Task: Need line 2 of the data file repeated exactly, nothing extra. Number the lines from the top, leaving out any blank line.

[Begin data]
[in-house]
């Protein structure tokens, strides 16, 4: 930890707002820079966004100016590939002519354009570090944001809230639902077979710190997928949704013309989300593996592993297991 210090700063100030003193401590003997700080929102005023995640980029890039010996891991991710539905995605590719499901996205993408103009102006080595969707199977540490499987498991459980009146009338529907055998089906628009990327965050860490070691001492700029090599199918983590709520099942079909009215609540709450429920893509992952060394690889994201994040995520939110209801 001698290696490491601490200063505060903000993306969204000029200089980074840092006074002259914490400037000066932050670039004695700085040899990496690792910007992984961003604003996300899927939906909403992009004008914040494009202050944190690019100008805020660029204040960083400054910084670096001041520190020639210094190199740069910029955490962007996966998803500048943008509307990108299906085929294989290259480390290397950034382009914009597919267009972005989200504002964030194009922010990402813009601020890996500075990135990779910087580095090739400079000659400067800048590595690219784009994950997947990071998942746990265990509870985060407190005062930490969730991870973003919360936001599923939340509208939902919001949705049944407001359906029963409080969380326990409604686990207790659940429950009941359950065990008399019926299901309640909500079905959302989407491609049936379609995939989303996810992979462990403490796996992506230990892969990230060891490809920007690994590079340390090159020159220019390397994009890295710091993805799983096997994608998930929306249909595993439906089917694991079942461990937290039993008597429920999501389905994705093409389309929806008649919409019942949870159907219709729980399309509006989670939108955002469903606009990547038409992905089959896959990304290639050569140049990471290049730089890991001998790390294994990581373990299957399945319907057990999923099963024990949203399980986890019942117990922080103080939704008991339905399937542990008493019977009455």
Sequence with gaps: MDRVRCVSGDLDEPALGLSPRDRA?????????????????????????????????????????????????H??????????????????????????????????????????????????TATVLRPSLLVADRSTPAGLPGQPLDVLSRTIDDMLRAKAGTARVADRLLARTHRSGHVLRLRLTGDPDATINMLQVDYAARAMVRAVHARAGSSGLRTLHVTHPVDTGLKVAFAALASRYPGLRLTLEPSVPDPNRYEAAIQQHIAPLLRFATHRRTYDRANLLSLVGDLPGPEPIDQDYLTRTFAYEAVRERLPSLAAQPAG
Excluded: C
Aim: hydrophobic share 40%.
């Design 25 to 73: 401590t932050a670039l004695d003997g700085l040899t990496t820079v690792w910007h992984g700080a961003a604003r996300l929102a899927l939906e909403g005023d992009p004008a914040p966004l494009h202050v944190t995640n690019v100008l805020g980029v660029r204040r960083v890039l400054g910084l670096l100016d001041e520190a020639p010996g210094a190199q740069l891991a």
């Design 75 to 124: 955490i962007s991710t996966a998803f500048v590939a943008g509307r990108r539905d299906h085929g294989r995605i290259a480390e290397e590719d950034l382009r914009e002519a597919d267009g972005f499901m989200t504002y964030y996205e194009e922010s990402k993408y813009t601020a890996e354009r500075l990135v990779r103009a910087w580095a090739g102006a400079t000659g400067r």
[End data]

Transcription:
């Protein structure tokens, strides 16, 4: 930890707002820079966004100016590939002519354009570090944001809230639902077979710190997928949704013309989300593996592993297991 210090700063100030003193401590003997700080929102005023995640980029890039010996891991991710539905995605590719499901996205993408103009102006080595969707199977540490499987498991459980009146009338529907055998089906628009990327965050860490070691001492700029090599199918983590709520099942079909009215609540709450429920893509992952060394690889994201994040995520939110209801 001698290696490491601490200063505060903000993306969204000029200089980074840092006074002259914490400037000066932050670039004695700085040899990496690792910007992984961003604003996300899927939906909403992009004008914040494009202050944190690019100008805020660029204040960083400054910084670096001041520190020639210094190199740069910029955490962007996966998803500048943008509307990108299906085929294989290259480390290397950034382009914009597919267009972005989200504002964030194009922010990402813009601020890996500075990135990779910087580095090739400079000659400067800048590595690219784009994950997947990071998942746990265990509870985060407190005062930490969730991870973003919360936001599923939340509208939902919001949705049944407001359906029963409080969380326990409604686990207790659940429950009941359950065990008399019926299901309640909500079905959302989407491609049936379609995939989303996810992979462990403490796996992506230990892969990230060891490809920007690994590079340390090159020159220019390397994009890295710091993805799983096997994608998930929306249909595993439906089917694991079942461990937290039993008597429920999501389905994705093409389309929806008649919409019942949870159907219709729980399309509006989670939108955002469903606009990547038409992905089959896959990304290639050569140049990471290049730089890991001998790390294994990581373990299957399945319907057990999923099963024990949203399980986890019942117990922080103080939704008991339905399937542990008493019977009455």